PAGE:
Are activity trackers helping you lose weight long-term?
All your friends have activity trackers, but is it time for you to get one?
Activity trackers are everywhere and on everyone’s arms, wrists, or waists gauging the amount of movement we’re getting during the day. There’s a good number of us regularly sitting behind a desk everyday making it extremely difficult to move more and use up some calories.
If our lives have taken on a more sedentary lifestyle and we don’t move as much, will an activity tracker be the best route to go as a reminder of the importance of moving more? Will an activity tracker also help us to eat healthier and limit foods with empty calories?
A research study looked at over 400 obese (mainly) women for 2 years looking at the effectiveness of activity tracker’s influence on weight loss. These individuals were broken in to two groups and were given low calorie diets, more exercise, and group counseling session for the first 6 months of the study.
At the 6-month mark of the study, one group started to keep track of their diet and exercise the old fashioned way by adding up calories consumed and minutes of exercise in a web based diary. The other group in the study was given an activity tracker to wear on their upper arm to collect their exercise and movement data. This group manually tracked calories on the website where the activity tracker uploaded movement data in to the website data base. The main difference between the two groups was who was responsible for recording the data, the activity tracker or personally keep track.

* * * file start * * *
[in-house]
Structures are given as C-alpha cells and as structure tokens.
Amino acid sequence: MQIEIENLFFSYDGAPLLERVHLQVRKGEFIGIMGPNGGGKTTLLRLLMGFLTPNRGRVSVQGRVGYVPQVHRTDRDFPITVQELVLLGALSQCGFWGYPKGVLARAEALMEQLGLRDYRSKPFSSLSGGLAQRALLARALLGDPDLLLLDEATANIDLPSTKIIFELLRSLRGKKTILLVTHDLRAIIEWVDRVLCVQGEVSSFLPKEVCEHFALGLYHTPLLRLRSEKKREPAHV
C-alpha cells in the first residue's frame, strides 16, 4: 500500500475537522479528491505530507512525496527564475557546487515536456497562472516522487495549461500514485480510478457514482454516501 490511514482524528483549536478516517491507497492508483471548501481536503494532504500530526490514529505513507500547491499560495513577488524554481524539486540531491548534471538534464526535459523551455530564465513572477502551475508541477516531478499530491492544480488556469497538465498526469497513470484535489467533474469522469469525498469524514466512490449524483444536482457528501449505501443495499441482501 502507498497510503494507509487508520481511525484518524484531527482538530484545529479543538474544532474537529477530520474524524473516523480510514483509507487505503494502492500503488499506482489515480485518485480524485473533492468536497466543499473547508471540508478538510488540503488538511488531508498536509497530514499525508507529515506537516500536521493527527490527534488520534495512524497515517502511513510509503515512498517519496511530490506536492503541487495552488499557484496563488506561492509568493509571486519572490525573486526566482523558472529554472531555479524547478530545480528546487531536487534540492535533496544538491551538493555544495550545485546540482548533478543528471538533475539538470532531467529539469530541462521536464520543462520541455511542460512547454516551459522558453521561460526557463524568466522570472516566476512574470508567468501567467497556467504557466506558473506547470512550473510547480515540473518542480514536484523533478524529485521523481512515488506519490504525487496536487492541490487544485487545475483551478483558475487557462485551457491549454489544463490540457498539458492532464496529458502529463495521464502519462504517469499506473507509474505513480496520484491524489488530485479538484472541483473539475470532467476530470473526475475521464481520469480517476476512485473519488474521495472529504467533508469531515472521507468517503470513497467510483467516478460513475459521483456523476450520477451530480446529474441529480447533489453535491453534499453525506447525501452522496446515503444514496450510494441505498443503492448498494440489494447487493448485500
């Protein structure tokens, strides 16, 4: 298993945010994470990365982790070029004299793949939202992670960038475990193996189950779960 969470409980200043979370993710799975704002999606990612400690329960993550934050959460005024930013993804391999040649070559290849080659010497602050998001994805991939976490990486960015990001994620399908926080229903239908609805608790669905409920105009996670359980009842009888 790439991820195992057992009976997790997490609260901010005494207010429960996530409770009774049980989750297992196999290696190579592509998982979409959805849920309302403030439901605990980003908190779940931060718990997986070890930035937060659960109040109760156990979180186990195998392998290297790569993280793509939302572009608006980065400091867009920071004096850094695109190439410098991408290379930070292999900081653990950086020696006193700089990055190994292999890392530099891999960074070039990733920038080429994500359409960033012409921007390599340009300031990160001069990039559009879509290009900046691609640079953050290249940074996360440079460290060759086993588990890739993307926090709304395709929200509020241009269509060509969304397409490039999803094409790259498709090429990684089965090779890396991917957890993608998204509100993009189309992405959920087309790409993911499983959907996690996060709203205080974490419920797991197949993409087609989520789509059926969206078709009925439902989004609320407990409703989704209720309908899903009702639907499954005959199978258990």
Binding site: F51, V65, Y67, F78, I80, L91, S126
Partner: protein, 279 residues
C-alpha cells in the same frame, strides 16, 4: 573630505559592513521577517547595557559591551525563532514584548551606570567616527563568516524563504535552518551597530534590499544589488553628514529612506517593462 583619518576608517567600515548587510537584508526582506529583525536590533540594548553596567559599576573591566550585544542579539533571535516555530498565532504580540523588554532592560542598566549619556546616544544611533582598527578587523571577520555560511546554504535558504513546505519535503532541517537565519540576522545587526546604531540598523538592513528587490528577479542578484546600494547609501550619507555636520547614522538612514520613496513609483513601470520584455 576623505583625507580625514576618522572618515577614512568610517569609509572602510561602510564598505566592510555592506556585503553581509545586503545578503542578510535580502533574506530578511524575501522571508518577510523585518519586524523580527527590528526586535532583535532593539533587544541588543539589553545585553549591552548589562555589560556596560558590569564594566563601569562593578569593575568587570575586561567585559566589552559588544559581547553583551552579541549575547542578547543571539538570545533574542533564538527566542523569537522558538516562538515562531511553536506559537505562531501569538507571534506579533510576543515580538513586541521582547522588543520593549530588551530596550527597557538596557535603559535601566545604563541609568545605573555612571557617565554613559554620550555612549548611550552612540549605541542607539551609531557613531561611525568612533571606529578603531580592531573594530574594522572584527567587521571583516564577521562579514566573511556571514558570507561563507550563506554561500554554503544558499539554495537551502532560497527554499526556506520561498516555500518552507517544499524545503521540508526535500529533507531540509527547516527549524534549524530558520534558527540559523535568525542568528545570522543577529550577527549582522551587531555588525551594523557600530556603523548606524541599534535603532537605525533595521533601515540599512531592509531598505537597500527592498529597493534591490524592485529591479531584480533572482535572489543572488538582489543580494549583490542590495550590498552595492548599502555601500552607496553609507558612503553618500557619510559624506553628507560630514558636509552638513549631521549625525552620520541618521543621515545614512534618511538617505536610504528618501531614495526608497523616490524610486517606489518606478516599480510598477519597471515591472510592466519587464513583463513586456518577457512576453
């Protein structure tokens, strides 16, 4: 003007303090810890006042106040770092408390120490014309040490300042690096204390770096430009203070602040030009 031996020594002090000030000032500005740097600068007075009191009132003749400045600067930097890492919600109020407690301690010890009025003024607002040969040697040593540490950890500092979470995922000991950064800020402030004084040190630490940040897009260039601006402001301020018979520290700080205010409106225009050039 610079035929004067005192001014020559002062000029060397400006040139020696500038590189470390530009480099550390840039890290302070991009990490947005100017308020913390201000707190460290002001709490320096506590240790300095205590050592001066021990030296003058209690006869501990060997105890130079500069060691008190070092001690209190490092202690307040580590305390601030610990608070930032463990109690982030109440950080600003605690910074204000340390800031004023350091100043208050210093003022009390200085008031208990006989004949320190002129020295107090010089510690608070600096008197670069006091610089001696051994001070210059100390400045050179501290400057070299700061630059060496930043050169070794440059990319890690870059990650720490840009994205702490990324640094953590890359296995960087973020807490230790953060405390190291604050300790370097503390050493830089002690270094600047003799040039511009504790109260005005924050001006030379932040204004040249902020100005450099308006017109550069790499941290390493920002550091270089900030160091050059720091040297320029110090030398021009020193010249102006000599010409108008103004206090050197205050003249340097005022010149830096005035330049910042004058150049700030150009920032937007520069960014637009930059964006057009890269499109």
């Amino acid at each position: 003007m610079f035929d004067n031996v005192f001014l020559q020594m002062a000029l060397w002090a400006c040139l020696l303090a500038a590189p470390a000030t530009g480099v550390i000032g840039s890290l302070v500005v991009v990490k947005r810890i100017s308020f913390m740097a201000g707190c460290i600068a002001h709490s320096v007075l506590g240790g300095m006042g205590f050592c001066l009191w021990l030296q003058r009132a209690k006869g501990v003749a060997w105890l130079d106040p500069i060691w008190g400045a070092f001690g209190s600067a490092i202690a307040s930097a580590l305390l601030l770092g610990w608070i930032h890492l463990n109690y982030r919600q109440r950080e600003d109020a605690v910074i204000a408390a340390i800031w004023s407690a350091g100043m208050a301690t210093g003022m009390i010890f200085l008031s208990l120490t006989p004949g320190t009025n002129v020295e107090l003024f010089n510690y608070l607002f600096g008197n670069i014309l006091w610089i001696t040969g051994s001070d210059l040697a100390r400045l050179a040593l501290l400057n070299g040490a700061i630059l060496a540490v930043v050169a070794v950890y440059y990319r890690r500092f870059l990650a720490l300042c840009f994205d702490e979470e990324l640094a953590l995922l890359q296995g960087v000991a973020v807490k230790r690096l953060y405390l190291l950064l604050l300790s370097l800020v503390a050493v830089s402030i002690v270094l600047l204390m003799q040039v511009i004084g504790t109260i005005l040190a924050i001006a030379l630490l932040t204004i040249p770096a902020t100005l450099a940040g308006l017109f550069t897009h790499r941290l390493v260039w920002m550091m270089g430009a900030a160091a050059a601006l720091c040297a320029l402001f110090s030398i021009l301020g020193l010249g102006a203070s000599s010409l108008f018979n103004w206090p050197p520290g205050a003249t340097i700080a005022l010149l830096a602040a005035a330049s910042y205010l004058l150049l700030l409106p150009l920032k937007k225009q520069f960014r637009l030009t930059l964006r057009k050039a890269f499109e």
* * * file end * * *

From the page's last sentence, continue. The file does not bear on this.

These individuals were followed for two years, and both groups lost weight but those wearing the trackers lost, on average, eight pounds after 2 years. Those who did not wear the trackers lost about 5 pounds more totaling 13 pounds on average.
Many of us have lost weight for the short term, but keeping the weight off after you have bought new clothes is the hard part. It is interesting to see both groups at first lost the same amount of weight but the people wearing the activity trackers gained more back than the group not wearing the trackers. Those without trackers seemed better able to keep the weight off after the study was over.
With the holidays upon us, it seems as though activity trackers can help us stay on track for the amount of movement we get in a day, but it’s not a long term fix for keeping weight loss where we’d like it to be. It’s important to continue being aware of the nutrition and exercise we have daily which leads in to weekly, monthly, then yearly. It’s not easy to keep motivated but it’s necessary for healthy living.
Michigan State University Extension’s Health and Nutrition Institute has many programs to help individuals with living a healthy lifestyle long term. Experts from MSU Extension make it possible to keep communities motivated to live the type of lifestyle most strive.